All around our small neighborhood where right of ways have been cleared, stumps and tree limbs were piled to decompose. It is in these piles that Bristly Black Currants (Ribes lacustre) are growing rampant. My mission this coming Fall is to try to successfully transplant some more of these bushes into our yard before the lots are developed for sale.
Prior to then I will try to pick the bushes clean and preserve this tangy, sweet, juicy, and slightly bitter berry in all manners possible.
This spring I purchased a new dehydrator to make salmon jerky but it seems to have endless uses, including this, my first foray into fruit leather making. The inspiration for these leathers came from an informational PDF on currants put out by the Univeristy of Alaska’s Cooperative Extension. It may seem an antiquated resource with all the blogs, journals, cookbooks, and the like out there, but most of my canning and preparation of Alaska’s wild foods begins with the Cooperative Extension.
Bristly Black Currant Fruit Leather
4 cups of berries makes 1 standard bakers half sheet of fruit leather
4 cups bristly black currants
1/4 cup raw honey
In a blender or food processor grind the berries until well puréed. This will reduce their volume by roughly half.
**If you choose to, you can now strain your purée through a sieve to eliminate the seeds which can impart a bitter taste and rough texture to the leather (neither of which has impeded the devouring of these in our house). I chose not to strain mostly because the berry’s fiber is in the seeds and the majority of a fruit’s nutrients lie in the peel. Bristly black currants are a good source of Vitamin C, fiber, magnesium, and potassium.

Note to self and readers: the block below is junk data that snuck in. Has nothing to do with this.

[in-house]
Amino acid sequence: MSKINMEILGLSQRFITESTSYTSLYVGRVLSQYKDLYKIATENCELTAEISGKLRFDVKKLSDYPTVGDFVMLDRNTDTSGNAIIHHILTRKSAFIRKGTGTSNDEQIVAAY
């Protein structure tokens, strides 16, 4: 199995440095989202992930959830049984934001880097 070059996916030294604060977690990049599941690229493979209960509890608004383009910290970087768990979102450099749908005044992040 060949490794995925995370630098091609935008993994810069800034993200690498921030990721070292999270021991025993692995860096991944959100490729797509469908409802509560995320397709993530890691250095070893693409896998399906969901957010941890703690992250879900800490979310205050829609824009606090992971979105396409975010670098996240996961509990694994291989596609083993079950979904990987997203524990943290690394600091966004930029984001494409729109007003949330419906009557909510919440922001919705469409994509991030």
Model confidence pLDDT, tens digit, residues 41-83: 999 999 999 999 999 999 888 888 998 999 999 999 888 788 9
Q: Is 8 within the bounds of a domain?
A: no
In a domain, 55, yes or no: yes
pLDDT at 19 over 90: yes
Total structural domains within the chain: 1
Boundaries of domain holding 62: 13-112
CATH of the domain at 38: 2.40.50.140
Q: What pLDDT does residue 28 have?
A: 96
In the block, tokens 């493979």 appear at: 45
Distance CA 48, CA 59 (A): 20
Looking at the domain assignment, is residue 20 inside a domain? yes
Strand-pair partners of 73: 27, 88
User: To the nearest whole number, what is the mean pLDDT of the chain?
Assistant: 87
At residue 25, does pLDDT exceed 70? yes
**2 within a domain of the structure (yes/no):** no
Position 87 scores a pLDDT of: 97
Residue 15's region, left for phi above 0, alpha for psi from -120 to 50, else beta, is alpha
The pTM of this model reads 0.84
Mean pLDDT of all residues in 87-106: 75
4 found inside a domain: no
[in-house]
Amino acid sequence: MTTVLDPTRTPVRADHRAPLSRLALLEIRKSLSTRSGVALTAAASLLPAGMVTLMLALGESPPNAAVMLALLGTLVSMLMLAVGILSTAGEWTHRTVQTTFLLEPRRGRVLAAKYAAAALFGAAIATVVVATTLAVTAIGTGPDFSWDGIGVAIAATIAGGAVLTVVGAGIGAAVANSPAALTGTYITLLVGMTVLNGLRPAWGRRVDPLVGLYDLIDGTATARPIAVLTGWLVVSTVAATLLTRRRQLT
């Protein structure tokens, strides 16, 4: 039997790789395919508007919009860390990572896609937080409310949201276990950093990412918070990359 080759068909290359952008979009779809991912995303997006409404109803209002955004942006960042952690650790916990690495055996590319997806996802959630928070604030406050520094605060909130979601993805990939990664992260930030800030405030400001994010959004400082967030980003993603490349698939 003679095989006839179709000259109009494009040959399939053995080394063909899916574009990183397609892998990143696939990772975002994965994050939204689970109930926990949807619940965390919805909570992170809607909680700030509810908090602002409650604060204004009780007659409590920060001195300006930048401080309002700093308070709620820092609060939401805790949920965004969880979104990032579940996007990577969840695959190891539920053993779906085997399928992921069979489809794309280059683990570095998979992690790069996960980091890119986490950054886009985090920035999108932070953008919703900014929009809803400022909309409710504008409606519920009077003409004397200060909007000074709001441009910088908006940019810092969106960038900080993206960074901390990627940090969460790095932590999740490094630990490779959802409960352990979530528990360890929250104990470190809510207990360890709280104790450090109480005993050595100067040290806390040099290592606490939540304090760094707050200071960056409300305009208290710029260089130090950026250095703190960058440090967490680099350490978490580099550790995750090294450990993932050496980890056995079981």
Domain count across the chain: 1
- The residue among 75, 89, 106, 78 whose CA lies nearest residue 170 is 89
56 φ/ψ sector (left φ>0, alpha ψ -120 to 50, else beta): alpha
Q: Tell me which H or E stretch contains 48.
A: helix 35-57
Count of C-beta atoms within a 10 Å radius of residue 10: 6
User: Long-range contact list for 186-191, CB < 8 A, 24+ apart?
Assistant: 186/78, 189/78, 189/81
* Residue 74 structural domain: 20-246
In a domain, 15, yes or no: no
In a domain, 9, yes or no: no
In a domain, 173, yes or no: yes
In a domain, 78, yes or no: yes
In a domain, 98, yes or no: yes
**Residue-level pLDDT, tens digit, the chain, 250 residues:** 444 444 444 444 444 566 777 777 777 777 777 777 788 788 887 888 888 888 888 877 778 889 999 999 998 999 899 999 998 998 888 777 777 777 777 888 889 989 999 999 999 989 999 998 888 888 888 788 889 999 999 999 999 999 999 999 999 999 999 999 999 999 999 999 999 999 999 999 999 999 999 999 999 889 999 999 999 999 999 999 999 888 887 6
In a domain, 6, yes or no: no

Once puréed sufficiently, blend in 1/4 cup raw honey for every 2 cups of berry purée (4 cups whole berries). Pour purée out onto a standard cookie sheet size of parchment paper and smooth to an even thickness of 1/8 ~ 1/4 inch. An even thickness is imperative to even dehydrating.
To dehydrate, place parchment sheets into a dehydrator or an oven set to 140 degrees Fahrenheit, if using an oven place parchment onto cookie sheets and keep the door cracked to allow for humidity to escape. Dry for an estimated 6 hours or until the leather is dry to the touch and peels easily off the parchment. The fruit leather can be stored on parchment or wax paper in a roll-up form which allows for easy snack handouts. Use an airtight container for storage up to a month on the shelf and a year in the freezer.
An added bonus to using parchment paper for drying is, after the fruit leather is removed, the paper is stained so gloriously and has a wonderfully sweet scent. I saved it all for gift wrapping or other future craft use!
(Not: this recipe can be used in the same quantities for most any berry or fruit you have on hand. My future fruit leather daydreams include making a Beet and Huckleberry blend, adding chia seeds, and other power packed ingredients for light snacks on the trail.)